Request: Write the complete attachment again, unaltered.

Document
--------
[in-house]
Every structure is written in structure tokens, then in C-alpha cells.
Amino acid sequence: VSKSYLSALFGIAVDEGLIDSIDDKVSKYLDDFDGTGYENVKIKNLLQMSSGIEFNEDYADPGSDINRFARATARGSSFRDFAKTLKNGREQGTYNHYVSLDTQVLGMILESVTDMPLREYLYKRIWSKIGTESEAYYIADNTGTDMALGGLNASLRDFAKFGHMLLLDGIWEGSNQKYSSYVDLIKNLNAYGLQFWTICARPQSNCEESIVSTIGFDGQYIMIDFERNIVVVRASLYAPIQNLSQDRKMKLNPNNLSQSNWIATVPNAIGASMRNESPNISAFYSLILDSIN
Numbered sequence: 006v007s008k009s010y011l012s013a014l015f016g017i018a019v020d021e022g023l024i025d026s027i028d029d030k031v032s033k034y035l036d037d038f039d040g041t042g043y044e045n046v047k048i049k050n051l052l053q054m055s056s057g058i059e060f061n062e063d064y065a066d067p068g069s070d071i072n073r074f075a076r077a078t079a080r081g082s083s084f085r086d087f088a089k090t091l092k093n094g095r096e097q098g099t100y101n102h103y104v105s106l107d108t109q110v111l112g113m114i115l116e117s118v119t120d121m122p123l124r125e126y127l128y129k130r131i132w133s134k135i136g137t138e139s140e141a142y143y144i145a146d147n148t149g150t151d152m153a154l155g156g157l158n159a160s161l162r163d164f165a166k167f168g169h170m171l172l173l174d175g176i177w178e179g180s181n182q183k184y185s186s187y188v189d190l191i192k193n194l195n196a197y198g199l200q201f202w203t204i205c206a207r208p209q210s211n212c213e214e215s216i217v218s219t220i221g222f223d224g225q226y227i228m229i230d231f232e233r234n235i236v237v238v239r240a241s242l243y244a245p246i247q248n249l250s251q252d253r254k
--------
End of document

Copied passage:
[in-house]
Every structure is written in structure tokens, then in C-alpha cells.
Amino acid sequence: VSKSYLSALFGIAVDEGLIDSIDDKVSKYLDDFDGTGYENVKIKNLLQMSSGIEFNEDYADPGSDINRFARATARGSSFRDFAKTLKNGREQGTYNHYVSLDTQVLGMILESVTDMPLREYLYKRIWSKIGTESEAYYIADNTGTDMALGGLNASLRDFAKFGHMLLLDGIWEGSNQKYSSYVDLIKNLNAYGLQFWTICARPQSNCEESIVSTIGFDGQYIMIDFERNIVVVRASLYAPIQNLSQDRKMKLNPNNLSQSNWIATVPNAIGASMRNESPNISAFYSLILDSIN
Numbered sequence: 006v007s008k009s010y011l012s013a014l015f016g017i018a019v020d021e022g023l024i025d026s027i028d029d030k031v032s033k034y035l036d037d038f039d040g041t042g043y044e045n046v047k048i049k050n051l052l053q054m055s056s057g058i059e060f061n062e063d064y065a066d067p068g069s070d071i072n073r074f075a076r077a078t079a080r081g082s083s084f085r086d087f088a089k090t091l092k093n094g095r096e097q098g099t100y101n102h103y104v105s106l107d108t109q110v111l112g113m114i115l116e117s118v119t120d121m122p123l124r125e126y127l128y129k130r131i132w133s134k135i136g137t138e139s140e141a142y143y144i145a146d147n148t149g150t151d152m153a154l155g156g157l158n159a160s161l162r163d164f165a166k167f168g169h170m171l172l173l174d175g176i177w178e179g180s181n182q183k184y185s186s187y188v189d190l191i192k193n194l195n196a197y198g199l200q201f202w203t204i205c206a207r208p209q210s211n212c213e214e215s216i217v218s219t220i221g222f223d224g225q226y227i228m229i230d231f232e233r234n235i236v237v238v239r240a241s242l243y244a245p246i247q248n249l250s251q252d253r254k